Both Gibbs and Turner came into a relative stable environment at Redskins Park. That word can’t be used to describe the state of things in Ashburn today.

So whether the Redskins find the next legend or the next Norv may not depend totally on the man they hire. But the wrong guy won’t be able to maximize whatever talent is there, so finding the right man comes first.

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Final injury report: Three Redskins out for Sunday

Final injury report: Three Redskins out for Sunday

Redskins

Out

C Spencer Long (concussion)—He missed the second half of the Cardinals game and has been in the concussion protocol this week. John Sullivan will start in his place.

S Will Blackmon (concussion)—Blackmon also has been in the concussion protocol and has not practiced all week. Donte Whitner and Duke Ihenacho will handle the safety position.

DE Anthony Lanier (leg)—The reserve lineman missed the Arizona game with a leg contusion. Gruden said he was kicked in the lower leg against the Cowboys and the swelling is still an issue.

Questionable

G Shawn Lauvao (groin)—It was a surprise to see him watching practice on Wednesday as no injury had been reported for him. But he came in for treatment and did not practice on Wednesday and Thursday. If he can’t go, Arie Kouandjio will start at left guard.

OT Ty Nsekhe (ankle)—Fortunately Trent Williams is back from his suspension; Nsekhe was the starter while he was out. If Nsekhe is out, Vinston Painter will be the swing backup tackle.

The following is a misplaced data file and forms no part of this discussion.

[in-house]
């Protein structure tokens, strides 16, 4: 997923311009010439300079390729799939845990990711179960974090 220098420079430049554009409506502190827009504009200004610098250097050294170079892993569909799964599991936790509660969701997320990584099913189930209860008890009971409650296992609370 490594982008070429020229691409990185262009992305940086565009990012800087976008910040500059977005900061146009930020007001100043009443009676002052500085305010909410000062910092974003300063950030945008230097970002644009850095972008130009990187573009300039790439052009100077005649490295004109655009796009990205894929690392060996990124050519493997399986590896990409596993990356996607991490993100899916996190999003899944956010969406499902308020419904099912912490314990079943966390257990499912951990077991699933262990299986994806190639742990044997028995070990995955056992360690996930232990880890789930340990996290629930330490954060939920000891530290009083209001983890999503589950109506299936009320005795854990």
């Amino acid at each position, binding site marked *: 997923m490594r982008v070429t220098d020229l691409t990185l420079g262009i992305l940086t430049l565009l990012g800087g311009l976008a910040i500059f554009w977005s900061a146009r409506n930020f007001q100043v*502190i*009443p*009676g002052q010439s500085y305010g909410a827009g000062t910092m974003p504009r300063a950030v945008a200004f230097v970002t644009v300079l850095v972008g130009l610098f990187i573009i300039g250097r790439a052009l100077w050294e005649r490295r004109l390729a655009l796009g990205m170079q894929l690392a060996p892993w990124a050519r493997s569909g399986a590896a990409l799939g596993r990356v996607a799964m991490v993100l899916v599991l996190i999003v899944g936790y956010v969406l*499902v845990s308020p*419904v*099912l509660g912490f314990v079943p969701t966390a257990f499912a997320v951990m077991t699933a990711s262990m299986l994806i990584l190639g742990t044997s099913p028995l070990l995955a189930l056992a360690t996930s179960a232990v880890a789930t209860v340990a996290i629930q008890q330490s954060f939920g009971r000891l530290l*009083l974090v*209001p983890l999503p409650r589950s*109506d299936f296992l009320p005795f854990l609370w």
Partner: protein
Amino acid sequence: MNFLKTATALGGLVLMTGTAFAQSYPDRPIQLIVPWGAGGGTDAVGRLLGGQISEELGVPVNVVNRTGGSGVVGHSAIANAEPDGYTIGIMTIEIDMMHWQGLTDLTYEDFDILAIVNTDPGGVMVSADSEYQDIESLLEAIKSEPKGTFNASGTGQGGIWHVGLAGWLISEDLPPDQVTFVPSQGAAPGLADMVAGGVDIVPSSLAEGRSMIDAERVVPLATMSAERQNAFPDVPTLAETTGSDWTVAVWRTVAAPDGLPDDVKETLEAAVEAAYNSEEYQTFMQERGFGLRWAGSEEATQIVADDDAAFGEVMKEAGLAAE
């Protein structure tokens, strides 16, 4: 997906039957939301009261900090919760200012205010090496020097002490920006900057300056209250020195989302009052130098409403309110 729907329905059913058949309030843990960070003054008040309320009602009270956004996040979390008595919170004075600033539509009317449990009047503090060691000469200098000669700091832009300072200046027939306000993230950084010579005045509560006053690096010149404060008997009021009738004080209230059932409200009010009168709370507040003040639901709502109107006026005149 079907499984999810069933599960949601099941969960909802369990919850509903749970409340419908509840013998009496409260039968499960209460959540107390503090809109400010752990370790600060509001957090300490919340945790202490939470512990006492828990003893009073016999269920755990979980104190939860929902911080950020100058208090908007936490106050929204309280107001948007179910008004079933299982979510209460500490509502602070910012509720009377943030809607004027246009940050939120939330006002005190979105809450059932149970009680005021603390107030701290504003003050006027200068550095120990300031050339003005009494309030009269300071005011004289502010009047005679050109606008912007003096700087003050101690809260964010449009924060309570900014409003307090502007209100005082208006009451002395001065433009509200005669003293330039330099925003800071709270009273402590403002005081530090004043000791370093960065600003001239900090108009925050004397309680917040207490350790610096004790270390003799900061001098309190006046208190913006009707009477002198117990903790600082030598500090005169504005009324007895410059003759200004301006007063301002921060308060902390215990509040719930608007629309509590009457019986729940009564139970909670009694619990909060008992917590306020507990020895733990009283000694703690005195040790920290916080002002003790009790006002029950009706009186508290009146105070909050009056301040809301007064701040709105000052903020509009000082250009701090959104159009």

TE Jordan Reed (shoulder)—After missing last week’s game with a third-degree separation of the AC join in his left shoulder, Reed was able to practice on a limited basis this week. If range of motion is still an issue he could sit or play very limited snaps. If it’s a matter of pain tolerance he will be a full go.  

G Brandon Scherff (ankle)—He has been limited in practice during the week but it seems certain that he will go against the Eagles.

DE Chris Baker (ankle)—Baker missed some practice this week but he should be able to go against the Eagles although his level of effectiveness will bear watching.

Also questionable for the Redskins: DE Ricky Jean Francois (knee), OLB Preston Smith (groin), ILB Will Compton (hip), TE Derek Carrier (knee)

Eagles

Questionable

WR Jordan Matthews (ankle) and RB Ryan Matthews (knee) were full in practice all week and it seems likely that the Eagles’ leading receiver and rusher, respectively, will play on Sunday. Up in the air is the status of WR Dorial Green-Beckham (oblique), who missed practice on Wednesday and Thursday.

RT Halapoulivaati Vaitai (knee) will miss his third straight game. He had a rough start in his NFL debut against the Redskins in Week 6 but he remained the starter until getting injured in Week 11. Since then the Eagles have moved LG Alan Barbre to right tackle with Stefen Wisniewski going in at left guard.

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New #RedskinsTalk Podcast - WR Ryan Grant opens up about good and bad of NFL life

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USA Today Sports

New #RedskinsTalk Podcast - WR Ryan Grant opens up about good and bad of NFL life

Ryan Grant generates a ton of reaction from Redskins fans - and it's not always postive. The third-year wideout sat down with JP Finlay to talk about the ups and downs of life in the NFL. 

Click here for the #RedskinsTalk Podcast on iTunes, here for Google Play or press play below. Don't forget to subscribe!

Want more Redskins? Check out @JPFinlayCSN for live updates